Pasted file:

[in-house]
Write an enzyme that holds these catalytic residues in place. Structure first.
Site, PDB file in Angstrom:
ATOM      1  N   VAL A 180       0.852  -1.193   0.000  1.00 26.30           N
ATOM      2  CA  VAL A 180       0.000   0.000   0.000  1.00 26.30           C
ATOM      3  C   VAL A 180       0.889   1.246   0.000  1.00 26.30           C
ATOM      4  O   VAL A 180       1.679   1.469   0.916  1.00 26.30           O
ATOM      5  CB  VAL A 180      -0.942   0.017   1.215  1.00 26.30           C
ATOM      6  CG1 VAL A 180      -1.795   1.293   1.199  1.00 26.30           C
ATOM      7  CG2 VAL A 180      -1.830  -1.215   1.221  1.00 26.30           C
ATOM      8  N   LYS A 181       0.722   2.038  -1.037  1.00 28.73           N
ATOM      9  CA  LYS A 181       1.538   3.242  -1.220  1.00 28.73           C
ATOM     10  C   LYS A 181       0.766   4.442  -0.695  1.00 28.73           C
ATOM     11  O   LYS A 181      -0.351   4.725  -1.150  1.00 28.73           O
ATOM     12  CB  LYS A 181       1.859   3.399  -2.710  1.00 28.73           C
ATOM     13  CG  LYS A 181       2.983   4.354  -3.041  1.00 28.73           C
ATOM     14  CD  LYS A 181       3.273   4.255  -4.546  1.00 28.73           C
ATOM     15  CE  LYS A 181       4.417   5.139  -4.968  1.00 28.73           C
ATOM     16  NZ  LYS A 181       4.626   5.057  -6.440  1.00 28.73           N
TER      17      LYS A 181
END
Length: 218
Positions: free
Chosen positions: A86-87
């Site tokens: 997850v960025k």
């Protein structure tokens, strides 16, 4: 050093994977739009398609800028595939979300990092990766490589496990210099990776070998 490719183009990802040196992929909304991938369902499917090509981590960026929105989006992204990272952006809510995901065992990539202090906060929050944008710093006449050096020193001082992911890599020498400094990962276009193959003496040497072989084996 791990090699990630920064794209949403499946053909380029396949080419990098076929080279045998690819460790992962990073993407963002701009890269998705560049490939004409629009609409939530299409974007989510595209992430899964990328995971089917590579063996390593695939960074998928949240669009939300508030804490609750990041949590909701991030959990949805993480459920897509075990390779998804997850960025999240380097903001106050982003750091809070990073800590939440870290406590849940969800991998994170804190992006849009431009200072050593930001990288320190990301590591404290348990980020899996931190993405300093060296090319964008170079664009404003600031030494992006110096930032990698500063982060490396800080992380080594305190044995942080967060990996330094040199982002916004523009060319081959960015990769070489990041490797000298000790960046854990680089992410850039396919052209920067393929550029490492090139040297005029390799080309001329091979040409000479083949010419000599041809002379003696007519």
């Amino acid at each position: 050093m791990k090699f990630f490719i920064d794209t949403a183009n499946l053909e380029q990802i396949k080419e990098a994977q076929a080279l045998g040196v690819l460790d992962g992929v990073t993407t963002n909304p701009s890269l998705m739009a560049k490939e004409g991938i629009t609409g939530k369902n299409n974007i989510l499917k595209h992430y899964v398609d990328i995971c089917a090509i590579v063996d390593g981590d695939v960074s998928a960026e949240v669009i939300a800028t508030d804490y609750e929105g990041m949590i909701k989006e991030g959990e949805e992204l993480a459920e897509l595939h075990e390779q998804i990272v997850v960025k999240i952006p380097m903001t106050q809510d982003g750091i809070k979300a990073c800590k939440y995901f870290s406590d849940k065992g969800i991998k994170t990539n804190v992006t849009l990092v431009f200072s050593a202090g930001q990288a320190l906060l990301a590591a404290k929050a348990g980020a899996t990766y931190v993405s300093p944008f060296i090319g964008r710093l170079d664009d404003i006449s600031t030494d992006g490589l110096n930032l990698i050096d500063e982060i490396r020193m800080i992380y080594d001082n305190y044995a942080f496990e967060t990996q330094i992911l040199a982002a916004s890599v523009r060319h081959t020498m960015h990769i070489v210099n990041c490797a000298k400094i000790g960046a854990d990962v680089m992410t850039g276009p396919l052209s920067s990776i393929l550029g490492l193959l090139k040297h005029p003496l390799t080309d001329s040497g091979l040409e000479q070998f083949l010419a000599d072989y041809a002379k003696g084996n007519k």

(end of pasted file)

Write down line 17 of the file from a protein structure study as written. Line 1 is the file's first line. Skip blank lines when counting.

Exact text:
ATOM     14  CD  LYS A 181       3.273   4.255  -4.546  1.00 28.73           C